Bridal Veil Falls

Bridal Veil Falls on the East Bank of the Mississippi River, 1860. Photo courtesy Minnesota Historical Society.
Bridal Veil Falls on the East Bank of the Mississippi River, 1860. Photo courtesy Minnesota Historical Society.

By Hilary Holmes

Many Minneapolis residents don’t know about Bridal Veil Falls, yet there was a time when it was one of the area’s most memorable and sought after tourist attractions. An excerpt from Dr. Otto Schussler’s 1928 book, Riverside Reveries, describes with eloquence the historical importance of the falls.

“In those simple but (I believe) better days, before the advent of trolley cars and automobiles, this romantic ‘Falls’ was well out in the country, and the iron bridge… was by no means an overcrowded thoroughfare…No other natural beauty spot, with the exception, of course, of the world-famous Minnehaha, was more frequently mentioned by the people of the city. Photographs of [Bridal Veil Falls] were commonly seen in the shop windows and picnic parties often made it their place of meeting.”

Bridal Veil Falls on the East Bank of the Mississippi River, 1860. Photo courtesy Minnesota Historical Society.

Bridal Veil Falls on the East Bank of the Mississippi River, 1860. Photo courtesy Minnesota Historical Society.

With words that seem ahead of their time, Schussler also expresses the effect humans have had on the natural environment surrounding Bridal Veil Falls and on the Mississippi River:

Those were happy, care-free times for the little waterfall, but dark days were in store for it. The vigorous, enterprising city which had grown up about the great Falls of St. Anthony two miles farther up the stream, began a rapid march down both sides of the river and in a few short years the territory drained by the little creek underwent incredible change. Broad meadows and quiet woodlands that had lain undisturbed for ages were torn and perplexed by numberless freshly-graded streets; ditches and tunnels ran here and there; hundreds of cellars and basements were dug; wells were sunk, water mains and sewers were laid and soon the great watershed to which the little stream had always looked confidently for an unfailing supply of pure sparkling water was so altered that the rains which fell upon it found themselves directed into a thousand unfamiliar channels. The once sizable creek became a modest brook, then dwindled to the dimensions of a tiny rill and finally disappeared from sight altogether save at the very rim of the ledge at the head of the glen where a pitiful trickle (barely enough for comforting tears but none at all for song) may now and then be seen by those whose hearts are touched by the little stream’s sad fate.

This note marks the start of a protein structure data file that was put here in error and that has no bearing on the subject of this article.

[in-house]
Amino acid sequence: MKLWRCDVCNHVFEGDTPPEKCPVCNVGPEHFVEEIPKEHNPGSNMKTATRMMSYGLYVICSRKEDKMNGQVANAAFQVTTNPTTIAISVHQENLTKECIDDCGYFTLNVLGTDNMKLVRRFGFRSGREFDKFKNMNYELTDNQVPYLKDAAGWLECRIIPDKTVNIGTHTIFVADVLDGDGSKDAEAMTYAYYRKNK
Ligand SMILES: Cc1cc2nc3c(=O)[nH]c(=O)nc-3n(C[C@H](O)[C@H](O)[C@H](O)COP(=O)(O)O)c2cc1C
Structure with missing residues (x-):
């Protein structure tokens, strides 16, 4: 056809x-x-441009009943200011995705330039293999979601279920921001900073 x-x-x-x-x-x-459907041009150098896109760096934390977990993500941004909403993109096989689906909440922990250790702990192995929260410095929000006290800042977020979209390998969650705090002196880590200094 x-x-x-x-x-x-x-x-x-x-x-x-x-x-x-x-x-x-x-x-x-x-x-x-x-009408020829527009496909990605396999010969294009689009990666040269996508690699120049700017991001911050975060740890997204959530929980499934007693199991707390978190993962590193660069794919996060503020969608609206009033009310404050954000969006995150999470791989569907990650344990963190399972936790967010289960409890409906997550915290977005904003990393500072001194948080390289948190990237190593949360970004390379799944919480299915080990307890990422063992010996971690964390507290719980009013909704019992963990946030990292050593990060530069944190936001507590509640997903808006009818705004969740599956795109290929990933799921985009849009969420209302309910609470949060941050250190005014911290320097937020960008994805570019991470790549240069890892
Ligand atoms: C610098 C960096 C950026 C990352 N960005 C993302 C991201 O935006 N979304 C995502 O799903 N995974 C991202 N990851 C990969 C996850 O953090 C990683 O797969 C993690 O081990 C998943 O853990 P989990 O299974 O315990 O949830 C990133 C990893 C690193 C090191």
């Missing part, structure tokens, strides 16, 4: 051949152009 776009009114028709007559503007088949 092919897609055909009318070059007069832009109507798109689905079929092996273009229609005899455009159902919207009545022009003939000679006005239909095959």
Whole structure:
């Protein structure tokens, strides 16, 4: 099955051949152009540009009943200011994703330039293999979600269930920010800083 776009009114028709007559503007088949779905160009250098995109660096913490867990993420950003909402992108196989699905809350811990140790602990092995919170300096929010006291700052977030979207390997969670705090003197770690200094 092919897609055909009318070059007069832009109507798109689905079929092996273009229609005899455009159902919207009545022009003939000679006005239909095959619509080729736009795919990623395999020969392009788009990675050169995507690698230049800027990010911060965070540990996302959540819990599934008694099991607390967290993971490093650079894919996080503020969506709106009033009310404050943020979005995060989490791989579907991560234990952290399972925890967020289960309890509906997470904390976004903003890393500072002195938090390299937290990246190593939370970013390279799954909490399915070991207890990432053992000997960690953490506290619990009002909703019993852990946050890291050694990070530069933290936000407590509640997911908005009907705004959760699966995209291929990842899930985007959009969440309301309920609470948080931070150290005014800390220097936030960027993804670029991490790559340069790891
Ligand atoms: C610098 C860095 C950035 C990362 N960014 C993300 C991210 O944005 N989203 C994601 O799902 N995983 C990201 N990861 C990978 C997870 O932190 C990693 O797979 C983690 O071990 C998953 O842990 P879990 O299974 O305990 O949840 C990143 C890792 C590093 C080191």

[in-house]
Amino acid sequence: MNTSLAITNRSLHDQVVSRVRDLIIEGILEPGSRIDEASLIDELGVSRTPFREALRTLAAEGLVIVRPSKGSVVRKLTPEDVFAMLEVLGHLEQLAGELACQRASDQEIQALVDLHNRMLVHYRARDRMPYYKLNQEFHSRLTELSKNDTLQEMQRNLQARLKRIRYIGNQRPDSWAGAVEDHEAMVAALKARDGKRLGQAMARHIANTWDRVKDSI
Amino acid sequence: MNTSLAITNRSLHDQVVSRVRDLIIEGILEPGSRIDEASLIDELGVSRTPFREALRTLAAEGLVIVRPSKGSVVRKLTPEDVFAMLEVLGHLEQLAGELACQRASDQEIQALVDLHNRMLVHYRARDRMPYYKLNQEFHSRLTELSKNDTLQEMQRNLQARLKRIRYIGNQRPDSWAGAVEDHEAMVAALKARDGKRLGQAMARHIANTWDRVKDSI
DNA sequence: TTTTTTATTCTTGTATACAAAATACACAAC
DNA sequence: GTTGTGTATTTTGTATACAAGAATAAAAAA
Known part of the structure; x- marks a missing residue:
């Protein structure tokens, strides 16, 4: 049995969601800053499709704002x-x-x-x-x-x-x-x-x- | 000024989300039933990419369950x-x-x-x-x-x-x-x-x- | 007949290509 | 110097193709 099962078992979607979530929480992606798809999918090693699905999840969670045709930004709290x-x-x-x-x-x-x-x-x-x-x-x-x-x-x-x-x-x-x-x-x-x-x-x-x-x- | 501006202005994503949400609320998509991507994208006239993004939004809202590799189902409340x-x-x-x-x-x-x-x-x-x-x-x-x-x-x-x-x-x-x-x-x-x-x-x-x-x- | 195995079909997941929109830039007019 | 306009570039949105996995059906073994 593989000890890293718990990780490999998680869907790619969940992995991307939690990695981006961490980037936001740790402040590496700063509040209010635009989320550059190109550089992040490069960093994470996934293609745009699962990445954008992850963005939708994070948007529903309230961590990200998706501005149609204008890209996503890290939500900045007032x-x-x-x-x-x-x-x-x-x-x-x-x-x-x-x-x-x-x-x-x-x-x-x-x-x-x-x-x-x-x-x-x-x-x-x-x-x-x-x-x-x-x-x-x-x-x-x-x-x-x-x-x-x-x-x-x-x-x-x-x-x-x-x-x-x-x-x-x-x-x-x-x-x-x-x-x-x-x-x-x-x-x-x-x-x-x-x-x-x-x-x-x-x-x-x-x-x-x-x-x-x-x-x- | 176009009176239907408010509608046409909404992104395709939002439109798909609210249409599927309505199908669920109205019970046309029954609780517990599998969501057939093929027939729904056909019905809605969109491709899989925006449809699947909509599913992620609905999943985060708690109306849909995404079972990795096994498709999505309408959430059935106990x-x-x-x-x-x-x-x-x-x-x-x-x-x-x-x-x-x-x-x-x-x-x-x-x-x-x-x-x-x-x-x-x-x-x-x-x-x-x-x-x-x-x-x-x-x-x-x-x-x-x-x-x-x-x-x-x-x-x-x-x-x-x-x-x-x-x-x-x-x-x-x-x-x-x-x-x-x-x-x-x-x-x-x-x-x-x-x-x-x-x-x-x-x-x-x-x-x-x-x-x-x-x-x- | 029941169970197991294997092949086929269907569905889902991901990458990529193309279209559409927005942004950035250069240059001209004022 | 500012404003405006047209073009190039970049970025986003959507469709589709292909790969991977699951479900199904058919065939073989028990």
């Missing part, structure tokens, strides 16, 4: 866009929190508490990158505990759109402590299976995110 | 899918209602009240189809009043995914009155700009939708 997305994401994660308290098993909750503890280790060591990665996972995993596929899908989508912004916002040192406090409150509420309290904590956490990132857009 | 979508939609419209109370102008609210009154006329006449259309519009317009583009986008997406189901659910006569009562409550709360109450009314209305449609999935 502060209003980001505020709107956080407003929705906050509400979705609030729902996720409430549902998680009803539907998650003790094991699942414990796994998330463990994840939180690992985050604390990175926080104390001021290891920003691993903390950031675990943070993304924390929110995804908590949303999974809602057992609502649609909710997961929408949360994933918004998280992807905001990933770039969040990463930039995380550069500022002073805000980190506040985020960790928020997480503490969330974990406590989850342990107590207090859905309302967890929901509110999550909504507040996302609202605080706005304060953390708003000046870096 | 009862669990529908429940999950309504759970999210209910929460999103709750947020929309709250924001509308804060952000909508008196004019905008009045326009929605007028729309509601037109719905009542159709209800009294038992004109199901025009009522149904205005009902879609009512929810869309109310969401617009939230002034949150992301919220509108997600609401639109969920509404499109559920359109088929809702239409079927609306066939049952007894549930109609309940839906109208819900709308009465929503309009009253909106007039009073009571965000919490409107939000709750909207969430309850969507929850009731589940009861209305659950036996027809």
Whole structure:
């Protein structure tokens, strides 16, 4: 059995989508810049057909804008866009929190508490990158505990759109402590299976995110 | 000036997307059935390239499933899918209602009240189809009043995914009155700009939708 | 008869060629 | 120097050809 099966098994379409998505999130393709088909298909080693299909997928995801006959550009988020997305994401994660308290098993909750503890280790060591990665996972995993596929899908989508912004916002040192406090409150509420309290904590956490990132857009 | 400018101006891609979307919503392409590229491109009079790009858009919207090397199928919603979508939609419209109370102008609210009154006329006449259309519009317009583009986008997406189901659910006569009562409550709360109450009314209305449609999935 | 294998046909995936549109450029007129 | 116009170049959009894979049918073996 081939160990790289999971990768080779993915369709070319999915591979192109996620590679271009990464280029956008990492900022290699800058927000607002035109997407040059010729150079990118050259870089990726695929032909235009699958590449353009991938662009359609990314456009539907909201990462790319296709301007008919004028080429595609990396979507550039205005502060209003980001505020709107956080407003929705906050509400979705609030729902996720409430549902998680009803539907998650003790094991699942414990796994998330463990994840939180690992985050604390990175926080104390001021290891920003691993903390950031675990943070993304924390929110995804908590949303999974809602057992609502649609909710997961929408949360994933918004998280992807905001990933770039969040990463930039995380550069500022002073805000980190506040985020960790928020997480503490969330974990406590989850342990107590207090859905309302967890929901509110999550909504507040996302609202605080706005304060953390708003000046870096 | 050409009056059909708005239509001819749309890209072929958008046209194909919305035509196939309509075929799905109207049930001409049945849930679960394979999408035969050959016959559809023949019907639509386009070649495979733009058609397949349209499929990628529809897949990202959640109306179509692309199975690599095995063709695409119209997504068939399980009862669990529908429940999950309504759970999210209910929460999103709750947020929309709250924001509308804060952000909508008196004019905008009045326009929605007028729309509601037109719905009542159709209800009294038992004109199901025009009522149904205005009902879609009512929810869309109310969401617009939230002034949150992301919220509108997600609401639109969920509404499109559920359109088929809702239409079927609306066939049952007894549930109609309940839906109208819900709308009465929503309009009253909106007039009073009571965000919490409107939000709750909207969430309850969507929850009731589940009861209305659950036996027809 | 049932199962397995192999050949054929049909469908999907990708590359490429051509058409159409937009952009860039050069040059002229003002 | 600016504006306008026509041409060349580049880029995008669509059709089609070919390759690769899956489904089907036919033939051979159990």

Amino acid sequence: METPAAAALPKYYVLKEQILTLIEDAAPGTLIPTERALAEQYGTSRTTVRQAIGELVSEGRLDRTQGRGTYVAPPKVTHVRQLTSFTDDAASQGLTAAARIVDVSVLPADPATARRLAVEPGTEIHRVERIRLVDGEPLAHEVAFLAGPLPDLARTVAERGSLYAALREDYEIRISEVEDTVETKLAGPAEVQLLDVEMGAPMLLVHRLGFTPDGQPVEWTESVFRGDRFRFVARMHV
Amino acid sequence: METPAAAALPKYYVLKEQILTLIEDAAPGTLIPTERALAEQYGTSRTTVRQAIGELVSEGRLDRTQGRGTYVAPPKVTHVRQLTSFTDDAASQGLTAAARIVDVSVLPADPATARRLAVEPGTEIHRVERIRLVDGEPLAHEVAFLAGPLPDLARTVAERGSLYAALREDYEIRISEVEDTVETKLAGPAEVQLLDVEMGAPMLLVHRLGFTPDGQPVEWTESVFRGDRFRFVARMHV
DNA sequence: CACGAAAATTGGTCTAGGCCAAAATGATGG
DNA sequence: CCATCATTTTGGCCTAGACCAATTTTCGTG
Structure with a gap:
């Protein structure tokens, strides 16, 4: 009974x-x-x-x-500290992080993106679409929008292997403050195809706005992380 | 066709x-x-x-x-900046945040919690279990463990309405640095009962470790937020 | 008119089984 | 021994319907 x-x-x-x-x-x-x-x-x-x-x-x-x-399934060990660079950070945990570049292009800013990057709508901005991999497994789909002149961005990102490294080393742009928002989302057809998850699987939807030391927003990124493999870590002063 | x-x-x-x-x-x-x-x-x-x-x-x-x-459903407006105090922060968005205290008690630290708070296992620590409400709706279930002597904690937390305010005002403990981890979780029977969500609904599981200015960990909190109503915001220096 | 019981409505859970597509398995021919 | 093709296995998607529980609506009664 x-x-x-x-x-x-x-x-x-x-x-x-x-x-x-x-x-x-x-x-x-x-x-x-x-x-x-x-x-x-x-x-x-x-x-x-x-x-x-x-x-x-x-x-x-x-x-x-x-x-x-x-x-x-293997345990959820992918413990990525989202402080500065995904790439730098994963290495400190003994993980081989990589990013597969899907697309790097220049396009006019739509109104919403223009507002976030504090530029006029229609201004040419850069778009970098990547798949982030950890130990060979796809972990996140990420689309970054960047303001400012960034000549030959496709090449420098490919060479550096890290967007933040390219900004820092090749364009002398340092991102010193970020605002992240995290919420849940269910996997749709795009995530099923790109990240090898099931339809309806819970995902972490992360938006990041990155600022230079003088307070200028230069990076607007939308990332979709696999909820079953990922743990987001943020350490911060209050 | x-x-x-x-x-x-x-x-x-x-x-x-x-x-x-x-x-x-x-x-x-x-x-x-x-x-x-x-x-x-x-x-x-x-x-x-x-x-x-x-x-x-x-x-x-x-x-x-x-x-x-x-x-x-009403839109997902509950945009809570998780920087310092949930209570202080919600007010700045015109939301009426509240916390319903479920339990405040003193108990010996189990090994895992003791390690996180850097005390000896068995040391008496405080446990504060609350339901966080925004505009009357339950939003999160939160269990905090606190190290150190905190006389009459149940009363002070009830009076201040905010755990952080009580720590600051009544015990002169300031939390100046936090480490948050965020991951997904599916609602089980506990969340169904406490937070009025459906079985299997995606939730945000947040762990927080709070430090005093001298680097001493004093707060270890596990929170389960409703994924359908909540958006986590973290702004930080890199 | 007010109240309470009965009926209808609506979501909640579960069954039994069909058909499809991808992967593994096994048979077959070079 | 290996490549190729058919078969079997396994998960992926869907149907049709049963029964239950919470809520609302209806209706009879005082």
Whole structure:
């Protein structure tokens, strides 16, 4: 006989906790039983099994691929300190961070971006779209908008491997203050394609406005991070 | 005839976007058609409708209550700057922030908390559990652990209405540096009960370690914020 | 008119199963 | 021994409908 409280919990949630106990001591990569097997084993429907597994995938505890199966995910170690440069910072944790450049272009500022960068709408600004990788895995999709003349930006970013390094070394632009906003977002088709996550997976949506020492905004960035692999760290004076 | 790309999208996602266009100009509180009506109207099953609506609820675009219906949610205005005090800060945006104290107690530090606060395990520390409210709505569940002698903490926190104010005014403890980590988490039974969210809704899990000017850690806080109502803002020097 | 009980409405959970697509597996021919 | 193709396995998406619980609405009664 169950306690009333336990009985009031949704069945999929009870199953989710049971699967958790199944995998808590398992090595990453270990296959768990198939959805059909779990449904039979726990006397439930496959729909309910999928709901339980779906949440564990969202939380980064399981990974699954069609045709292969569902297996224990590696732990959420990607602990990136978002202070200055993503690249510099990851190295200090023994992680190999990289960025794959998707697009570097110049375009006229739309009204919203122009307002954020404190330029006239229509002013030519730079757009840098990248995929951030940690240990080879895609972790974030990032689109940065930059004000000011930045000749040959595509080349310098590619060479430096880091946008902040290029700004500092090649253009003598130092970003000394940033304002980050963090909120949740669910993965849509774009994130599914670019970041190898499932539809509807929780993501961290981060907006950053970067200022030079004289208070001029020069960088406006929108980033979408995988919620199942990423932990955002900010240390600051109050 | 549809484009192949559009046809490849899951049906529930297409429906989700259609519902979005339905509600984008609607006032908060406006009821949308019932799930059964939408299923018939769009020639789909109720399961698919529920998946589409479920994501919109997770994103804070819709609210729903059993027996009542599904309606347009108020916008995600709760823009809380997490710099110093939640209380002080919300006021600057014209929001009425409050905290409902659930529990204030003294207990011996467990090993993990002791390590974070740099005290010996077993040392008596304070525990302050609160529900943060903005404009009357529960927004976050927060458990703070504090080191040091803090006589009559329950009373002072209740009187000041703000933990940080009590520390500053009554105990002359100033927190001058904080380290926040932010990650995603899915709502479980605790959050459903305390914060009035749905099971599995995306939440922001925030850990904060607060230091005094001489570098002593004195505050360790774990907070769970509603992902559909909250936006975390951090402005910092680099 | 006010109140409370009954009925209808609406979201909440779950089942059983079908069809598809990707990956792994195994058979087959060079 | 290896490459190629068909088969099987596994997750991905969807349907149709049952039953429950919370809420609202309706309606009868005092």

Urbanization of Southeast Minneapolis since the 1860s buried the creek that fed the falls. The history of Bridal Veil Falls is one of both human admiration and change.

The Watershed

What is now known as the Bridal Veil Watershed was once a 300-acre wetland that drained into Bridal Veil Creek, which wound its way to the East Bank of the Mississippi River, spilling over the edge at the site known as Bridal Veil Falls. In the latter part of the nineteenth century, the wetland was drained and the creek was put into a culvert; yet the falls survived, albeit in a lessened state. Lots were platted, a street grid was laid down, and railroads began to crisscross at the northern edge of the Bridal Veil Watershed, establishing an industrial area of Southeast Minneapolis that remains today. Along with the industrial landscape, the residential neighborhoods of St. Anthony Park in St. Paul and Southeast Como and Prospect Park in Minneapolis were also developed.